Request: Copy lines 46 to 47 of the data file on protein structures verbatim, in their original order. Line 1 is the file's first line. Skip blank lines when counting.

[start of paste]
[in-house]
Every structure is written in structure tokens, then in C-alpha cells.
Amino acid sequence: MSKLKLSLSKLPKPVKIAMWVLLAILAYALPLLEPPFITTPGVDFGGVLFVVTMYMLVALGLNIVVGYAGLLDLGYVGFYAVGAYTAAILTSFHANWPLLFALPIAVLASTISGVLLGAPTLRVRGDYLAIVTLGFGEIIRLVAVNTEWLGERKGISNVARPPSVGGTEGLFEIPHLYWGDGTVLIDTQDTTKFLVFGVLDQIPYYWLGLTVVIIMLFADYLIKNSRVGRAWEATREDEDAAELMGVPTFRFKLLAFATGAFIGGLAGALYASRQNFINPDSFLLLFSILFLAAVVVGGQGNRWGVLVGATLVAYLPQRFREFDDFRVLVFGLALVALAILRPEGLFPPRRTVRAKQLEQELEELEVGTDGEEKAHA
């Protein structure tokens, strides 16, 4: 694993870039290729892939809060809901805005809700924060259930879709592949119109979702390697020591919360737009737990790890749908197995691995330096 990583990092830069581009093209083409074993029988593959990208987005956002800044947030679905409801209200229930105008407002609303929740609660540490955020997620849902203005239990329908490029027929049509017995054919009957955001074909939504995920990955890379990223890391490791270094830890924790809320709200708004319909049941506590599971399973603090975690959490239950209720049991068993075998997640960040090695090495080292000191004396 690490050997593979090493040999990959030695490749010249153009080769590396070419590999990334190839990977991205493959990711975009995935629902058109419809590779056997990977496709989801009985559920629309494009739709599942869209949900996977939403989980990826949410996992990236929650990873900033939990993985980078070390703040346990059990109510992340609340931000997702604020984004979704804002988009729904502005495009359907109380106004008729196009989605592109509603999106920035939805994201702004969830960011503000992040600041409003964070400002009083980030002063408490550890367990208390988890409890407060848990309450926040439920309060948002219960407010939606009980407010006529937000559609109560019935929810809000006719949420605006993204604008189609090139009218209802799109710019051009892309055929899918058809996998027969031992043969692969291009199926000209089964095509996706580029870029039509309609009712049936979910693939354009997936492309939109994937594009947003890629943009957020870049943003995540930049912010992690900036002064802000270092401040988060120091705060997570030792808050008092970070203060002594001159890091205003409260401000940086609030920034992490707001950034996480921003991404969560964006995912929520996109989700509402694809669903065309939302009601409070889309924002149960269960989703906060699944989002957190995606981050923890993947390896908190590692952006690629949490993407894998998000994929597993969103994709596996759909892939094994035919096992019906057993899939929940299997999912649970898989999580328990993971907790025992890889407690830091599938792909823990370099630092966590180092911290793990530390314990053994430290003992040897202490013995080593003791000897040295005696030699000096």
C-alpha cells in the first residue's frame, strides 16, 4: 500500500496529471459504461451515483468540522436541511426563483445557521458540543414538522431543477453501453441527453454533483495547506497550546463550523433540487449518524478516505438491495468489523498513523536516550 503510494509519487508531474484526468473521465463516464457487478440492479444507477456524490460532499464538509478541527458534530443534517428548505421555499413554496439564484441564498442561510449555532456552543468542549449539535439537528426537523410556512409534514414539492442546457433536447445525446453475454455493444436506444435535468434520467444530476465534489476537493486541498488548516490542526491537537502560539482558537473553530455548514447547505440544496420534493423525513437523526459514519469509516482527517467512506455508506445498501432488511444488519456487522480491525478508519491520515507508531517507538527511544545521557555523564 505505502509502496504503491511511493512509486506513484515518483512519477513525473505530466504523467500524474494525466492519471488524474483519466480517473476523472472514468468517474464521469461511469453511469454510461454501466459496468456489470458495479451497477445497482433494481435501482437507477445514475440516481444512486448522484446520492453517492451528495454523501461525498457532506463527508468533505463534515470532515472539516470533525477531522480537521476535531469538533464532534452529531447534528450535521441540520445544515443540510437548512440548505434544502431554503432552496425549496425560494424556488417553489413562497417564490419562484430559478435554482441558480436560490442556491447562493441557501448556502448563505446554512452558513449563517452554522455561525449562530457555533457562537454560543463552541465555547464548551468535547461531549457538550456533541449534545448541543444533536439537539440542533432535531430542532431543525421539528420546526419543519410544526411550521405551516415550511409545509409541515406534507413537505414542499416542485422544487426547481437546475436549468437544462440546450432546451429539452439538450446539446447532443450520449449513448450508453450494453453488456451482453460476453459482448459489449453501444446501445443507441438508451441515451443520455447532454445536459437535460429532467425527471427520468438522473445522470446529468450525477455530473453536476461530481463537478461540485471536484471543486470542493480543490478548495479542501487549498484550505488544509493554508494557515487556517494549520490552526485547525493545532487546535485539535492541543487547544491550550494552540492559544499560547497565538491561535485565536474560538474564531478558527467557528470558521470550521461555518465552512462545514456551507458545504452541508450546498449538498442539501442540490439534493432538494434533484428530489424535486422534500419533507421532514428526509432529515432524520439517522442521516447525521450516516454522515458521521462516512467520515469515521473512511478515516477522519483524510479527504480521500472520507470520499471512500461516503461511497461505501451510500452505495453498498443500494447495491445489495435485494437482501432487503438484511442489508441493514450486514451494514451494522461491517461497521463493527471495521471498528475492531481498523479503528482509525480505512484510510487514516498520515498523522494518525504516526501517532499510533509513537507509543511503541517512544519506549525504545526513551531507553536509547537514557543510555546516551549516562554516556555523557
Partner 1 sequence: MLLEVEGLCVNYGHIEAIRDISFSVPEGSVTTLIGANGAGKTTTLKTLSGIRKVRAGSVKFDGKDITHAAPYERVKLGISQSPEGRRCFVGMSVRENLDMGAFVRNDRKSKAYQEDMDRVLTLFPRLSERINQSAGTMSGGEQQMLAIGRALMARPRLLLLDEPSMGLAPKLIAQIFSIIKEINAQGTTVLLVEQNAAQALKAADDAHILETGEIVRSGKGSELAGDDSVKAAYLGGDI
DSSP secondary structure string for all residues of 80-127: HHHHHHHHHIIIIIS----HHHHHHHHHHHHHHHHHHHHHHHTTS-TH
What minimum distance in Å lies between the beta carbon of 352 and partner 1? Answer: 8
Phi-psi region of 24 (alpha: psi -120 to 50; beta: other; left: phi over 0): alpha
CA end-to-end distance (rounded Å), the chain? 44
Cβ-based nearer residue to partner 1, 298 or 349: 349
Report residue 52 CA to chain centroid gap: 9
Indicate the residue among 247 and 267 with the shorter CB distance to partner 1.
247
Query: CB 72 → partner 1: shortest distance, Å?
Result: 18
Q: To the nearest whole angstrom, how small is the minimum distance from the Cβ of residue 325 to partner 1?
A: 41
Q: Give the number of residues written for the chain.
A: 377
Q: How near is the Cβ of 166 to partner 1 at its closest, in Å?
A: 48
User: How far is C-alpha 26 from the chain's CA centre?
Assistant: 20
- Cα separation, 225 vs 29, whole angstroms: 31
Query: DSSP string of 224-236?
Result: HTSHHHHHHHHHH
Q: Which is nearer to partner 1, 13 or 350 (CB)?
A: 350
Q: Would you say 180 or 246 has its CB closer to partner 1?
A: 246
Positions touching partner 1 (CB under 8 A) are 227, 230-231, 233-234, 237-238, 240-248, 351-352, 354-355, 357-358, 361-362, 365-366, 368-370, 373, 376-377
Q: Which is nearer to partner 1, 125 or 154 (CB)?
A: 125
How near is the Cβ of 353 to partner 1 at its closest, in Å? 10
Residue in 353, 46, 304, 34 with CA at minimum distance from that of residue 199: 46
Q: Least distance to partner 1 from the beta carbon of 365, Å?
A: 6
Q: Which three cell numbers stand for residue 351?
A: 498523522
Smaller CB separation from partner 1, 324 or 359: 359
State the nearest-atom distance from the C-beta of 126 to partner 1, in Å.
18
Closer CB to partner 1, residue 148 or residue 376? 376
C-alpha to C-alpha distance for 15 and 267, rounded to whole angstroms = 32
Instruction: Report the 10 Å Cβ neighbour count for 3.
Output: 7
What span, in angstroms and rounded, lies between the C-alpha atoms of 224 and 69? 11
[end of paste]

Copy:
Instruction: Report the 10 Å Cβ neighbour count for 3.
Output: 7